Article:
The presidential campaign of former Florida Gov. Jeb Bush is on rocky ground. His poll numbers keep falling, and his lack of fundraising has caused him to cut staff positions. So… what does he do to inject new life into his campaign? He goes on the attack during the last debate by invoking one of America’s favorite whipping boys: the French. Fine. But then, in a move of sheer lameness, he has now apologized.

Not just for years but for decades, Americans have made fun of the French. Whether it be for their lack of bravery, their funny accents, their effeminateness, or (in more recent years) their laziness and reliance on the government to take care of them, France and the French people have been a target for humor and jokes. Yes, France is an ally. Everyone knows that. But making fun of the French is as American as… well… French Fries.

So, either Jeb or someone on his team must have thought it was a great idea to use a French reference when going after one of his rivals: Florida Sen. Marco Rubio. Rubio has missed a number of votes, and Bush wanted to highlight these absences in front of a national television audience at last week’s debate:

The line, although somewhat awkwardly delivered, even got a few laughs from the audience, and it provided a way to get in a dig on Rubio.

But the Bush campaign couldn’t just let it go. Rather than ignoring any criticism of the remark (was there any REAL criticism?) or perhaps making any joke about the French, Bush has now apologized for the remark, saying that he “really did a disservice to the French.” A “disservice?” Are you kidding?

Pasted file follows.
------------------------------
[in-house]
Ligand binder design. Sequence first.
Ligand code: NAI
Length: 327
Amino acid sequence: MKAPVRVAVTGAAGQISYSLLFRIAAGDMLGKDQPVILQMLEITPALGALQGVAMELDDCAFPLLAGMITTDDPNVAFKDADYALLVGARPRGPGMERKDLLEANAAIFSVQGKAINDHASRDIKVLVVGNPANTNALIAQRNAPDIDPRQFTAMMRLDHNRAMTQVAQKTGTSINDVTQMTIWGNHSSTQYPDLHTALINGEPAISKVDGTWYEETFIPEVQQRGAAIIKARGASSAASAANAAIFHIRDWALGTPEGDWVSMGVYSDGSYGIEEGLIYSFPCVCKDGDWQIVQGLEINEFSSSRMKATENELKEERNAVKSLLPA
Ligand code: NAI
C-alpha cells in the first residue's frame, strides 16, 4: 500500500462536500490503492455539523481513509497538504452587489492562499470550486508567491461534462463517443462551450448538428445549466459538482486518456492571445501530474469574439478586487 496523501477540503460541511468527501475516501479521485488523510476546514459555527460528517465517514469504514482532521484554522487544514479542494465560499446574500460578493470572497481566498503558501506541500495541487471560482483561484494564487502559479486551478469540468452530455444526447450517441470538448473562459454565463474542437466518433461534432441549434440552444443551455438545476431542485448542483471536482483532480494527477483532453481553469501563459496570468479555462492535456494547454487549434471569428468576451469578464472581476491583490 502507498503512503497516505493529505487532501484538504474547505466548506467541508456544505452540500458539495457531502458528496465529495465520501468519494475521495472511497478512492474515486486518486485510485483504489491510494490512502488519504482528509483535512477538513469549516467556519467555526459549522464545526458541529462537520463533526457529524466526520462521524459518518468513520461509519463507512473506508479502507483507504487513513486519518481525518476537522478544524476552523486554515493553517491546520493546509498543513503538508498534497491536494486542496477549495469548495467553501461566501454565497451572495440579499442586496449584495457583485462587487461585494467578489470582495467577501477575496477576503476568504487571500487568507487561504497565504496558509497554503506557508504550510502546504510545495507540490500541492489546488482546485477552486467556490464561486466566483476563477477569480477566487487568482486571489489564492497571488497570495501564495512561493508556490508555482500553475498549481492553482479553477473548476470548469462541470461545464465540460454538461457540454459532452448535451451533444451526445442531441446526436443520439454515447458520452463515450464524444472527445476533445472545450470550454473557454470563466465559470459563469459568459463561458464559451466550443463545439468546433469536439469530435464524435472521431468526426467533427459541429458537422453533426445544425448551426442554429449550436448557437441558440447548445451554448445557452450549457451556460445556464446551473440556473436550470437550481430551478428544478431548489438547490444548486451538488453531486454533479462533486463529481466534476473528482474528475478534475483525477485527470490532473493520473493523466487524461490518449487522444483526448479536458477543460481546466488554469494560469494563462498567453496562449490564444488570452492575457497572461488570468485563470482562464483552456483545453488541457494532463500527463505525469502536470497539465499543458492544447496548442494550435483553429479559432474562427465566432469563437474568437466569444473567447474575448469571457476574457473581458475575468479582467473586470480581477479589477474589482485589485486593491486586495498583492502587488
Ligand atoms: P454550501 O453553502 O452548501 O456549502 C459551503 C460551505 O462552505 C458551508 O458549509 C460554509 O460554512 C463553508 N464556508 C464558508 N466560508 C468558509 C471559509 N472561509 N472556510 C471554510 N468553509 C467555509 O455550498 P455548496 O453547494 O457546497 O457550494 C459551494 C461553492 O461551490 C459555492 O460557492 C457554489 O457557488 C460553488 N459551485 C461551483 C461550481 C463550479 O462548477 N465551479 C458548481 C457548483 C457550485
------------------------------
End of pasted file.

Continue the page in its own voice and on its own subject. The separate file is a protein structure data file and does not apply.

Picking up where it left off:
As reported in The Washington Times, Bush spoke to reporters in New Hampshire and said he was “wrong to criticize the French.”

“I made the mistake of saying that the Congress operates on a French workweek,” he told Time magazine.

“I now know that the average French workweek is actually greater than the German workweek,” Mr. Bush continued. “So, my God, I totally insulted an entire country — our first ally — that helped us become free as a nation! And I apologize. That did a huge disservice to France. It didn’t really get to the magnitude of the problem: Three-day workweek.”

Uh oh… now what’s coming next? An apology to Germany for insulting them while apologizing to France?

Why take up time with reporters by making apologies for an American pastime? Move on! Campaign! Be a man. Bashing the French is a right of passage for Americans, so the last thing people want to see is our potential leader apologizing for doing so.

Was Bush wrong to use the French reference? Should he have apologized?


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